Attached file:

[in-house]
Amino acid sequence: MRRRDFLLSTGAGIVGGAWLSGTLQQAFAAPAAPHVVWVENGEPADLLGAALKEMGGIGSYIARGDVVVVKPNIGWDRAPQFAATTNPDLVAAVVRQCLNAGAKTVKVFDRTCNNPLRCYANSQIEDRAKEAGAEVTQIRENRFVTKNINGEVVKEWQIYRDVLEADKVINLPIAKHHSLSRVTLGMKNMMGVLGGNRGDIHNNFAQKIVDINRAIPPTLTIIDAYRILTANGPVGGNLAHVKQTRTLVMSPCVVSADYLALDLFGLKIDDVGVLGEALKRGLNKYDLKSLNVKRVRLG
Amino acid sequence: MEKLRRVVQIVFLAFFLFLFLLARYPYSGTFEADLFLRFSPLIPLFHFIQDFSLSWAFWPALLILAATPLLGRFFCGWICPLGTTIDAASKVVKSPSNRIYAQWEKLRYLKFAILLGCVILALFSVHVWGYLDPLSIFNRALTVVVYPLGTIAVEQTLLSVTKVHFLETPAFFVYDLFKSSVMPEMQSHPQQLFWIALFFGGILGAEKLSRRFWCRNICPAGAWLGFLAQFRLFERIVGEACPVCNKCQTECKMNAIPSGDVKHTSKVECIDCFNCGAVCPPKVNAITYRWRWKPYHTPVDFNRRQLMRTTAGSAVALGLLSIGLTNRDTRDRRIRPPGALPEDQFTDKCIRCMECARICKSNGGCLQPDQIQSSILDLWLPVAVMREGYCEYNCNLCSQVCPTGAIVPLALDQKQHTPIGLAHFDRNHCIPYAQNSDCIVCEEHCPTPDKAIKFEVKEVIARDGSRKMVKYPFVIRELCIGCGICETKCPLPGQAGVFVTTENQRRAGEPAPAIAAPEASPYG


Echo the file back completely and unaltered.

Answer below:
[in-house]
Amino acid sequence: MRRRDFLLSTGAGIVGGAWLSGTLQQAFAAPAAPHVVWVENGEPADLLGAALKEMGGIGSYIARGDVVVVKPNIGWDRAPQFAATTNPDLVAAVVRQCLNAGAKTVKVFDRTCNNPLRCYANSQIEDRAKEAGAEVTQIRENRFVTKNINGEVVKEWQIYRDVLEADKVINLPIAKHHSLSRVTLGMKNMMGVLGGNRGDIHNNFAQKIVDINRAIPPTLTIIDAYRILTANGPVGGNLAHVKQTRTLVMSPCVVSADYLALDLFGLKIDDVGVLGEALKRGLNKYDLKSLNVKRVRLG
Amino acid sequence: MEKLRRVVQIVFLAFFLFLFLLARYPYSGTFEADLFLRFSPLIPLFHFIQDFSLSWAFWPALLILAATPLLGRFFCGWICPLGTTIDAASKVVKSPSNRIYAQWEKLRYLKFAILLGCVILALFSVHVWGYLDPLSIFNRALTVVVYPLGTIAVEQTLLSVTKVHFLETPAFFVYDLFKSSVMPEMQSHPQQLFWIALFFGGILGAEKLSRRFWCRNICPAGAWLGFLAQFRLFERIVGEACPVCNKCQTECKMNAIPSGDVKHTSKVECIDCFNCGAVCPPKVNAITYRWRWKPYHTPVDFNRRQLMRTTAGSAVALGLLSIGLTNRDTRDRRIRPPGALPEDQFTDKCIRCMECARICKSNGGCLQPDQIQSSILDLWLPVAVMREGYCEYNCNLCSQVCPTGAIVPLALDQKQHTPIGLAHFDRNHCIPYAQNSDCIVCEEHCPTPDKAIKFEVKEVIARDGSRKMVKYPFVIRELCIGCGICETKCPLPGQAGVFVTTENQRRAGEPAPAIAAPEASPYG